Why not make the subsidy portable - give a patient a fixed subsidy amount for a certain type of treatment and then let him choose whether he wants to be treated in a government or private hospital.
Dr Lim notes that Australia has a "voucher system", where people are given a government grant to use at a public hospital, or can top up to get treated privately. In Australia and Britain, doctors straddle both the public and private sectors, caring for public patients, doing research and teaching in the public system, and supplementing income in the private sector. Some public and private hospitals even exist in the same building.
He applauds recent changes along this path in primary care. Health Minister Gan Kim Yong recently expanded the Community Health Assist Scheme to allow those with a per capita monthly household income of $1,500 and below to get subsidised treatment at private GPs and dental clinics. Currently, he says, there is a severe load imbalance. The public sector is doing more than it should and the private sector is doing less than it is able to.
"From an engineering point of view, we have two machines. One is performing at 120 per cent capacity. The other is performing at 60 per cent," says the father of three who is married to a paediatric anaesthetist at KK Women's and Children's Hospital.
Milk and honey
HE LETS on that a number of private-sector specialist practices, including Fortis, have offered to treat subsidised patients in their own clinics at the same rates the patient pays in a restructured hospital plus the usual government subsidy. So far, the answer has been "no" but he is pressing on.
Asked why private specialists prefer to see subsidised clients in their own clinics, he explains: "Overheads - for clinic rental and nurses' wages - are already sunk in. The nature of private practice is that few patients are on appointments scheduled weeks ahead. If specialists are not in their clinics half the time but attending to patients in government hospitals, their colleagues start to refer patients to others."
From a service point of view, he adds it makes sense because public hospitals are bursting at the seams. "There are not enough consult rooms and operating theatres. And it doesn't make economic sense to build more in the public hospitals and leave the ones in the private sector empty because the doctors are being visiting consultants in public hospitals."
It is not entirely altruistic, of course. Many private specialists, who used to see up to 40 patients a day when they were in the public sector, now see maybe 10 or fewer a day. "For those who want to be at the forefront of sub-speciality practice, in terms of science and technology, volumes matter." Not to mention, tending to subsidised patients - after the fairly generous government subsidy is factored in - will help private doctors pay their bills too.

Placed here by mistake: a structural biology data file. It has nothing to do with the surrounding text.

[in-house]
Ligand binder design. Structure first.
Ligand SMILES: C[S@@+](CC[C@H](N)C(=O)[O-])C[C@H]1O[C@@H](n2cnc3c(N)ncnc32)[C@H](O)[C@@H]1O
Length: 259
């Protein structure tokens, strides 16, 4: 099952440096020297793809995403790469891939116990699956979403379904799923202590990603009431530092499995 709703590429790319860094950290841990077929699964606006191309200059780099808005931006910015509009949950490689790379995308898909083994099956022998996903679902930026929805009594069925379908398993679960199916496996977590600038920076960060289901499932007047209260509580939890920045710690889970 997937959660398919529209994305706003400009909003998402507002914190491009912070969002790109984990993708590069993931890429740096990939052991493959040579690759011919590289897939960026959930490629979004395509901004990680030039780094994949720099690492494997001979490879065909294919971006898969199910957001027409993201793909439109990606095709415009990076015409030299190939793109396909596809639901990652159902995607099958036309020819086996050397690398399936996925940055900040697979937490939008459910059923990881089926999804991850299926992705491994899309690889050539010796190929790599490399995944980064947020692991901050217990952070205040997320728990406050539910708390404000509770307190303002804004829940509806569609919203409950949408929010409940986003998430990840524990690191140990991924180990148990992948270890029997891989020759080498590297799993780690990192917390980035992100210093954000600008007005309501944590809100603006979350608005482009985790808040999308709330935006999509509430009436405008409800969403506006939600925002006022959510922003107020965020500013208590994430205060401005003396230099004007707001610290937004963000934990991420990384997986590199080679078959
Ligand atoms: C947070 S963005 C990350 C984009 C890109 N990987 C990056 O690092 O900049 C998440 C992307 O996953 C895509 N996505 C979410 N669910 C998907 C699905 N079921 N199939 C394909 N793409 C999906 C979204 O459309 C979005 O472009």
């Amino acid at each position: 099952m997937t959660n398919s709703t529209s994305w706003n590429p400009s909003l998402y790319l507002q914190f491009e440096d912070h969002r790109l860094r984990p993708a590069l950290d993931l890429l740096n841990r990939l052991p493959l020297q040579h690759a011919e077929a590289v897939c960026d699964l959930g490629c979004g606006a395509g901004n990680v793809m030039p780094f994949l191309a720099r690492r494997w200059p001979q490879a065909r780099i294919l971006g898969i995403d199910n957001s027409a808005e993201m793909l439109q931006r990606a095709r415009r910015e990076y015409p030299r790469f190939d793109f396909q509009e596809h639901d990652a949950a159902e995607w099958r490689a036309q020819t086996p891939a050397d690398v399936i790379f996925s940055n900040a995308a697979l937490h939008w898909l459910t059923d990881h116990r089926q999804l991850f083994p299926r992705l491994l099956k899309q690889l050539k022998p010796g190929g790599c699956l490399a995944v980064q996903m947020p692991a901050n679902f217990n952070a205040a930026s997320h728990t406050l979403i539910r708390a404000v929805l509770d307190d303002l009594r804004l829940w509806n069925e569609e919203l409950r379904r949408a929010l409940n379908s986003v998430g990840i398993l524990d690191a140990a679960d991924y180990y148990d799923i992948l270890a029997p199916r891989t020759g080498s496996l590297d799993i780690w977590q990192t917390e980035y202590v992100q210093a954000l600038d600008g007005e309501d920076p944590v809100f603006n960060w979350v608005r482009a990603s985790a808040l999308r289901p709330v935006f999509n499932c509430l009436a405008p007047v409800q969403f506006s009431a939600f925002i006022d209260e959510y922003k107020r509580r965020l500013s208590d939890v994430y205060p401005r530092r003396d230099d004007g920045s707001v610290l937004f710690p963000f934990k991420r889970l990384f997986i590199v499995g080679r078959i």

He maintains it is good for patients and the health-care ecosystem here to open up the private sector - as a new frontier in terms of medical capabilities - to treat subsidised patients. "At the same time, we can help to decant patients from the public sector. Why do patients need to wait six to 12 weeks if they can get an appointment within a week?"
But isn't the long wait a means of stemming the flood of demand for health care, that will likely surge when patients can speedily get treatment by private specialists at subsidised rates? And who will pay?
The former national chess player, who has spent years studying health-care systems worldwide and teaches, writes and researches copiously on the issue, agrees rationing by queues and waiting is a reality in every health system. But it needs careful calibration so that patients' health-care needs are not compromised, he adds.
He suggests other control measures include assessment of clinical need and also pre-qualifying only certain private health-care groups which have good clinical outcomes and price transparency.
On the question of who will pay, he says the citizen - through taxation - is already paying.
"The Government here functions as a commissioner of services on behalf of citizens, and as commissioner, can and should set fair rates and quality standards to ensure that citizens obtain the best possible health care in a timely and affordable manner. There should be no arbitrary distinction between 'public' and 'private' - what should matter to the Government as commissioner is which organisations can provide the sought-after health-care services in the most quality- and cost-efficient manner."
Singapore, he says, needs to remove "ideological blinkers of who is good, bad, efficient and inefficient". "We're all good in different ways. But we could be so much better together. The public and private sectors should be like milk and honey. Individually, each has some benefits, but taken together, their healing properties are enhanced."
Susan Long will be taking a break. The Long Interview resumes on Sept 28.